Happy International Women’s Day
! It’s a day we celebrate the women and girls in our lives and also look to others around the world. Today in Budapest, I was out with my boyfriend and was amazed by the sheer number of flower vendors and florists which had just popped up over-night!
As Andrew quipped, the difference between love and lust can really be seen in places like this. We stopped at a florist where I was treated to a beautiful bunch of tulips and he saw a man staggering under the weight of what must have been 30 or 40 long-stemmed red roses. Whereas I was told “not to go too mad and buy the whole shop”!
But I digress – I want to talk about International Women’s Day
, not just my Saturday!
Quite often, news outlets and NGOs are quick to share links about the tragedies faced by girls around the world. Malala Yousafzai’s face and story is all over the internet today, alongside stories about the ongoing global struggle against child marriage, rape, torture and abuse.
But this year, I wanted to look at some positive examples of female empowerment and some cheerier stories.
I found this on the Huffington Post and have shamelessly stolen it. I find this is a much more life-affirming way to celebrate women. Let’s look at what has been achieved and what we have to proud of as a global society, because if we keep looking at all the terrible atrocities faced by women every day, we’ll never want to try fighting the fight. These are the sort of stories which keep me motivated to keep writing about women’s rights so I hope you get something out of it too!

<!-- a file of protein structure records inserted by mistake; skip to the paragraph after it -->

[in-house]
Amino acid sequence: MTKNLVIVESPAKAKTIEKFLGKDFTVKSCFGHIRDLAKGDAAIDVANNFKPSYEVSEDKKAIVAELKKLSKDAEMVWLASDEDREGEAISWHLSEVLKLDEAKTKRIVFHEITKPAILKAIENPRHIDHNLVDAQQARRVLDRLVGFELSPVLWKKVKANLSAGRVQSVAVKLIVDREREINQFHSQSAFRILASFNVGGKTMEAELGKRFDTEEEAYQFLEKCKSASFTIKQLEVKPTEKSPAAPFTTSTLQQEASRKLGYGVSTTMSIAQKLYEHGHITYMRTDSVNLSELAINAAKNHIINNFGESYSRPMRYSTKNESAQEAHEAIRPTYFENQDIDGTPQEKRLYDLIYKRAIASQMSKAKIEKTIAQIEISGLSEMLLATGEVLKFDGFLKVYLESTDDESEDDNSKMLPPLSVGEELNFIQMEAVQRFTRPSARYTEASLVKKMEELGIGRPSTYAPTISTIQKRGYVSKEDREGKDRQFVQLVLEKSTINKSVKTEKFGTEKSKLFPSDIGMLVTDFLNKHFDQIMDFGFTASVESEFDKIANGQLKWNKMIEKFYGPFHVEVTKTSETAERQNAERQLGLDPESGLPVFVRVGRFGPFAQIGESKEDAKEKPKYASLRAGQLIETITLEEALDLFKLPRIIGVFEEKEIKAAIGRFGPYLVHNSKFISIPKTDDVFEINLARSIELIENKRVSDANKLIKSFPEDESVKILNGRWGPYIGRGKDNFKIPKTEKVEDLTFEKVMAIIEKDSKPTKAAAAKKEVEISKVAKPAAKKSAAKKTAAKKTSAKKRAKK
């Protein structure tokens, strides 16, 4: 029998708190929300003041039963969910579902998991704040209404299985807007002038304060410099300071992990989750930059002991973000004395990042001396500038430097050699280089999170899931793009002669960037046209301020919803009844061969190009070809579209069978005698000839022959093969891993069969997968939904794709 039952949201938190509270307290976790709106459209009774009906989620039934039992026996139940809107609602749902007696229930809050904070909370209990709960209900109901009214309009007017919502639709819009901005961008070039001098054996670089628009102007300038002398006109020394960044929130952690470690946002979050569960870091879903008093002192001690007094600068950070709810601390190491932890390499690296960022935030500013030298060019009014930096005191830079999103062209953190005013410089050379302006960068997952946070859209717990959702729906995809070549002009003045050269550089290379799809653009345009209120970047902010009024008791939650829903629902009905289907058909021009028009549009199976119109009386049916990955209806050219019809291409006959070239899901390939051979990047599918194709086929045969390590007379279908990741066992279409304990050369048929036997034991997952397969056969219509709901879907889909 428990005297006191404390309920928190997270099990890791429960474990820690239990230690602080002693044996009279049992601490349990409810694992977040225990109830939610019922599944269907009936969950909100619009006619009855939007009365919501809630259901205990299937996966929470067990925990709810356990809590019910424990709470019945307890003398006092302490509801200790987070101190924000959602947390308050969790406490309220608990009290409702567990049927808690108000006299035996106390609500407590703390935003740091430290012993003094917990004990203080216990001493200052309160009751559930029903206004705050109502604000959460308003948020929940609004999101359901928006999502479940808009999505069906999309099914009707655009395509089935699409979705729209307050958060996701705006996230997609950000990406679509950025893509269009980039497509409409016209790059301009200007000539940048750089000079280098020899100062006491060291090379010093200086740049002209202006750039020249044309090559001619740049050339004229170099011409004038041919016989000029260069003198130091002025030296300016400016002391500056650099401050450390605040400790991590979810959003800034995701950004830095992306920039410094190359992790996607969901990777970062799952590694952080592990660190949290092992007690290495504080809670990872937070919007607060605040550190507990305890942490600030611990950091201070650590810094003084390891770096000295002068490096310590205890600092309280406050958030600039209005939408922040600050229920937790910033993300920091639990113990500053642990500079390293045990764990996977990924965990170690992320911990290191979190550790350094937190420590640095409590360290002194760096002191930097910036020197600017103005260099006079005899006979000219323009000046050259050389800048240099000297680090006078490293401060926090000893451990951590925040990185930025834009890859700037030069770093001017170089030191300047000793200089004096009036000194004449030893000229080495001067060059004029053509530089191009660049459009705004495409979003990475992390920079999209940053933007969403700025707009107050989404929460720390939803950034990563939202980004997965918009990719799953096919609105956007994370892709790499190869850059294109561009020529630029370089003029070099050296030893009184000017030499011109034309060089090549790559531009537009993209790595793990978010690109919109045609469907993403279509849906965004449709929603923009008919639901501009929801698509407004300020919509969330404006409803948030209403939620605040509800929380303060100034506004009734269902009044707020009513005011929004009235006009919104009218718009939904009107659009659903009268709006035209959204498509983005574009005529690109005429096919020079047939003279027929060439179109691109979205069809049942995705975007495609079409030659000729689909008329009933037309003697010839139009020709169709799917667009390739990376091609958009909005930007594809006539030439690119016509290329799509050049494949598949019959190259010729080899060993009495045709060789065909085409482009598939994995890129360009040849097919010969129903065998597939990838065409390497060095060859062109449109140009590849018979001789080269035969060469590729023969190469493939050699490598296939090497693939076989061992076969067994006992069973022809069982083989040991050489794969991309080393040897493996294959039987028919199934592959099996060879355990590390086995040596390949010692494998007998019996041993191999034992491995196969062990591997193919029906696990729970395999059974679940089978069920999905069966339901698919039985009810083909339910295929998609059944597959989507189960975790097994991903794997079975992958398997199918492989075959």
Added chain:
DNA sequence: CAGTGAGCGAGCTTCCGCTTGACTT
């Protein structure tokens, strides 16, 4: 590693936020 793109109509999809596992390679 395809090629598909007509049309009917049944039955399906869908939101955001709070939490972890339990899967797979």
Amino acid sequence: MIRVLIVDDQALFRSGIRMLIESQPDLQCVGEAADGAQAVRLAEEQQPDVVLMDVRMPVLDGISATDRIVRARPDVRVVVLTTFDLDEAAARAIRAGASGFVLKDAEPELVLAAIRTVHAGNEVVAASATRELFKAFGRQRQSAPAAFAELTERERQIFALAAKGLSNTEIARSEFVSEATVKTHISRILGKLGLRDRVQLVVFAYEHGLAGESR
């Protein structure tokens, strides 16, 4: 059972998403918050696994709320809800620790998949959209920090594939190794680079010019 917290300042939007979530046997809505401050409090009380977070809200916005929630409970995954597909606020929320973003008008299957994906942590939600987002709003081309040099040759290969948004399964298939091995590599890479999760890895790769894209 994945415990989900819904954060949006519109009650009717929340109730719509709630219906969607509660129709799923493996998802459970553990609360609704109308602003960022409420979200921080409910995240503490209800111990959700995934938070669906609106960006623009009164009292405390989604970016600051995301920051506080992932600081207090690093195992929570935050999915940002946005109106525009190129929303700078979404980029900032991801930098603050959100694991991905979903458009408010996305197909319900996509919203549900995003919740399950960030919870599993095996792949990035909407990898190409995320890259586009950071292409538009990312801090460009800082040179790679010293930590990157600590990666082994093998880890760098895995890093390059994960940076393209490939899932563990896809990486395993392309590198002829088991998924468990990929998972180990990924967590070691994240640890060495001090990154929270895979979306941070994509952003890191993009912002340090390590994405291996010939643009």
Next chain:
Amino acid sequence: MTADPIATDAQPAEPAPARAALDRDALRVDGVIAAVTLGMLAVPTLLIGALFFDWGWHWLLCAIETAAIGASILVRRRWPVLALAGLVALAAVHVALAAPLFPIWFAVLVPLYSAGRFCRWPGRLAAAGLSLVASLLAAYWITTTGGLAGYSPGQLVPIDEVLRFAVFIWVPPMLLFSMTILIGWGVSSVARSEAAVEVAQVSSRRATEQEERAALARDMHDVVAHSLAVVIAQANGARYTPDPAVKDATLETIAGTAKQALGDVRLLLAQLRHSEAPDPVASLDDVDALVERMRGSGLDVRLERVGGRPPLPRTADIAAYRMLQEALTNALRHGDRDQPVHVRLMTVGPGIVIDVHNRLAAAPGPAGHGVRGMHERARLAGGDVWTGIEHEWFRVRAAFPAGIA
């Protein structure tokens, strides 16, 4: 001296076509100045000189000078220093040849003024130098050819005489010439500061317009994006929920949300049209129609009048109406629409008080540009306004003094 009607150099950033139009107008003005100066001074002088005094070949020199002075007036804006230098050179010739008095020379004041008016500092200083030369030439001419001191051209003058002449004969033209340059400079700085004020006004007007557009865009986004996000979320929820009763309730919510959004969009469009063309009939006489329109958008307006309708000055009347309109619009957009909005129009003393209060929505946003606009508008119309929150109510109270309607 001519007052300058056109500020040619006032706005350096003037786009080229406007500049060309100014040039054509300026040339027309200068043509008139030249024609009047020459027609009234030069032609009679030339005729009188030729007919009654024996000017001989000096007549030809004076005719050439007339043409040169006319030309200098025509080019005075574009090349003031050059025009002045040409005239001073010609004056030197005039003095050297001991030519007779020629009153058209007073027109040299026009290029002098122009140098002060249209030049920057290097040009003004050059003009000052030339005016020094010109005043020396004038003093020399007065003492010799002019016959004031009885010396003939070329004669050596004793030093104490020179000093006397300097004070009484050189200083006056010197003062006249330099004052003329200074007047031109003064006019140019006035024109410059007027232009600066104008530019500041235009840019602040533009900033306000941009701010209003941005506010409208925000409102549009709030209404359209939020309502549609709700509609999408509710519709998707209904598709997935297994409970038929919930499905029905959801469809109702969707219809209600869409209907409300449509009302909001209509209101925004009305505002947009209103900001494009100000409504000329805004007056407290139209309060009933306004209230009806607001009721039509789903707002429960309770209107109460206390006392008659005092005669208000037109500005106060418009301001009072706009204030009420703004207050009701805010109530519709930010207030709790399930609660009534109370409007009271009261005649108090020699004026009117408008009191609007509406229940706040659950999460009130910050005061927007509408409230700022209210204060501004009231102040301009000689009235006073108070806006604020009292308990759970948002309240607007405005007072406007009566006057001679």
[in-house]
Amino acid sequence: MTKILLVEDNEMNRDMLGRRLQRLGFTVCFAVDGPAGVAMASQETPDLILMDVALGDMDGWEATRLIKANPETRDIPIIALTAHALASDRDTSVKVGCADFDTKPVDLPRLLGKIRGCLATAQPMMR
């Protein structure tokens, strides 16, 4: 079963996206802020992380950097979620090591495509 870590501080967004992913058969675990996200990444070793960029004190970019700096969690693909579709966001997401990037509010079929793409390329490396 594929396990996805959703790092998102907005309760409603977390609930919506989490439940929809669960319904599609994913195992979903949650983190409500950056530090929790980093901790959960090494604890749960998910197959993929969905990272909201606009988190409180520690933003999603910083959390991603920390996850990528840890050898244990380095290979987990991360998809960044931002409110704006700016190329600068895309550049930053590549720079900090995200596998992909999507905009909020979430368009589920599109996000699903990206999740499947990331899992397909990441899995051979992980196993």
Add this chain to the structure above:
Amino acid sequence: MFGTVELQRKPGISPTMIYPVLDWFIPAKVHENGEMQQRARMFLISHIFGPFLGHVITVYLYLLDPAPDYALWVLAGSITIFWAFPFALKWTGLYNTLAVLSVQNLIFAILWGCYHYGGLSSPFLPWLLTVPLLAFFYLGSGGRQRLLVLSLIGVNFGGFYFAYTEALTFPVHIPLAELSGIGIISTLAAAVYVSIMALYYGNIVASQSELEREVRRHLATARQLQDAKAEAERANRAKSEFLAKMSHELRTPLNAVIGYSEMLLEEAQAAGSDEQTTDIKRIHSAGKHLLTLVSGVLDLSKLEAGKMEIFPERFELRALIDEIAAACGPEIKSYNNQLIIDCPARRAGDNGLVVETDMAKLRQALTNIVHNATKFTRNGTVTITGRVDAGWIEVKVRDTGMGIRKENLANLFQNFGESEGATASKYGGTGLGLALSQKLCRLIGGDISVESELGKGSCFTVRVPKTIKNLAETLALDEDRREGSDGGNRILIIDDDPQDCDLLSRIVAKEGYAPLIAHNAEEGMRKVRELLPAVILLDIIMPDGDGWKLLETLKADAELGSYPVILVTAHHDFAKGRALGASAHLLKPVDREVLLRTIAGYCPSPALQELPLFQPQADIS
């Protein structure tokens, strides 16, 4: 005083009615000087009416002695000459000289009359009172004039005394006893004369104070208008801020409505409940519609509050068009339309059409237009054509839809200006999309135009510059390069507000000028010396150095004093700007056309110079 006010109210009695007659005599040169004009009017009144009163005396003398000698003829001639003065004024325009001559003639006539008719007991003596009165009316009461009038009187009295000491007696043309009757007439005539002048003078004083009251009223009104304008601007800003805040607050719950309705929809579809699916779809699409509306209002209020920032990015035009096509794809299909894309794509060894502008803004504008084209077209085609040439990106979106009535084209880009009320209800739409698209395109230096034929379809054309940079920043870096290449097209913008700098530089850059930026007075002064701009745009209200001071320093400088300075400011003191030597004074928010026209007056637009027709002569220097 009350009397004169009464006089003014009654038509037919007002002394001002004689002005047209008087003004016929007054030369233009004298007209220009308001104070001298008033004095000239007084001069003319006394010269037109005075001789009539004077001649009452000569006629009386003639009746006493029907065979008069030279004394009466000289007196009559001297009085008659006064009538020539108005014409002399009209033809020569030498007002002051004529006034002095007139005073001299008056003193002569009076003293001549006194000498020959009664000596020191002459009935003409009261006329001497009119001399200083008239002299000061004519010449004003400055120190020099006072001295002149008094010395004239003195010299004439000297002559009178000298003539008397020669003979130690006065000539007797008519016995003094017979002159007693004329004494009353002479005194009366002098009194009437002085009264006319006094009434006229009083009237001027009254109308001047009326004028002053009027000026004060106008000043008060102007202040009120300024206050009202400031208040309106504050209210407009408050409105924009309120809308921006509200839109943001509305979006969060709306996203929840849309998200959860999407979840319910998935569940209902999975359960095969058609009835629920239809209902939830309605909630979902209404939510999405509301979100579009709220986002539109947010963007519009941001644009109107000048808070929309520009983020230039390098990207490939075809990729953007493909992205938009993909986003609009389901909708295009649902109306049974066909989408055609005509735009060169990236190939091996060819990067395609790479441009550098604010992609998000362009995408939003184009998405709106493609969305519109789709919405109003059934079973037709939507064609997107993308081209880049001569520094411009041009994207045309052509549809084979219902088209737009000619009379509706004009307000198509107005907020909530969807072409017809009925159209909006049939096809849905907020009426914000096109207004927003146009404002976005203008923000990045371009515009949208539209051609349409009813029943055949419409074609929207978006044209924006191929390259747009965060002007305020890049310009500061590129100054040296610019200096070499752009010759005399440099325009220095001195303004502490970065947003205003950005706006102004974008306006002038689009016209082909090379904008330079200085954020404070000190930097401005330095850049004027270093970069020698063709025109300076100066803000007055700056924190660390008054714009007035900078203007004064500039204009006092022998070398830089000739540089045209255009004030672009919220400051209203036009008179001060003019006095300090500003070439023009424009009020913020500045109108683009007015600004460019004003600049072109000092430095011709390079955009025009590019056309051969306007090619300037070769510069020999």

1. Afghanistan’s first female police chief showed the world what courage looks like.
Col. Jamila Bayaz
was appointed to run security in the Kabul’s District 1 in January, becoming the first woman in such a senior front line role. The mother-of-5 is responsible for policing an area of the Afghan capital that includes the presidential palace, government ministries and the central bank. “This is a chance not just for me, but for the women of Afghanistan,”
she told NBC. “I will not waste it. I will prove that we can handle this burden.”
have faced a steep battle to reenter the workforce and public life after the end of the Taliban’s restrictive rule. They still face considerable obstacles including discrimination from an ultraconservative society and the threat of militant attacks. Afghan policewomen have been targeted by insurgents and several women in public office were assassinated in 2013, according to the Associated Press. Bayaz
is undaunted: “I am ready to serve, I am not scared nor am I afraid,” she told AP.
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Col. Jamila Bayaz talks on the phone at her office in Kabul, Afghanistan, Jan. 16, 2014. (AP Photo/Massoud Hossaini)